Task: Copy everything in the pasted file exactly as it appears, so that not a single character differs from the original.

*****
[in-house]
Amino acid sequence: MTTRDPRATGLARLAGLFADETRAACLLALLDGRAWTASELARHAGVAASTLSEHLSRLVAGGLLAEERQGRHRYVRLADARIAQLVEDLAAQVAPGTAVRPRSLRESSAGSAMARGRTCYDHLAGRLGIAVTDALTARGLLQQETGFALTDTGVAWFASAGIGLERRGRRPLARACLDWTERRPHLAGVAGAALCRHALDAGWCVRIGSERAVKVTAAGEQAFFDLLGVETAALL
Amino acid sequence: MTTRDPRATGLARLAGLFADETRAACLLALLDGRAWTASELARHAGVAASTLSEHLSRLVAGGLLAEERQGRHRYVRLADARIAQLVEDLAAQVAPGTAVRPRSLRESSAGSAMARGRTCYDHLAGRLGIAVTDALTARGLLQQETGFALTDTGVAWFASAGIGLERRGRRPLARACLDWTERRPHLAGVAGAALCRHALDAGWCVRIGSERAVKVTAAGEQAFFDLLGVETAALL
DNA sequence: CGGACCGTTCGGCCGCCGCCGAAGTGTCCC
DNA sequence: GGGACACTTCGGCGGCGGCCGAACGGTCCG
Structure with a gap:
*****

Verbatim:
[in-house]
Amino acid sequence: MTTRDPRATGLARLAGLFADETRAACLLALLDGRAWTASELARHAGVAASTLSEHLSRLVAGGLLAEERQGRHRYVRLADARIAQLVEDLAAQVAPGTAVRPRSLRESSAGSAMARGRTCYDHLAGRLGIAVTDALTARGLLQQETGFALTDTGVAWFASAGIGLERRGRRPLARACLDWTERRPHLAGVAGAALCRHALDAGWCVRIGSERAVKVTAAGEQAFFDLLGVETAALL
Amino acid sequence: MTTRDPRATGLARLAGLFADETRAACLLALLDGRAWTASELARHAGVAASTLSEHLSRLVAGGLLAEERQGRHRYVRLADARIAQLVEDLAAQVAPGTAVRPRSLRESSAGSAMARGRTCYDHLAGRLGIAVTDALTARGLLQQETGFALTDTGVAWFASAGIGLERRGRRPLARACLDWTERRPHLAGVAGAALCRHALDAGWCVRIGSERAVKVTAAGEQAFFDLLGVETAALL
DNA sequence: CGGACCGTTCGGCCGCCGCCGAAGTGTCCC
DNA sequence: GGGACACTTCGGCGGCGGCCGAACGGTCCG
Structure with a gap: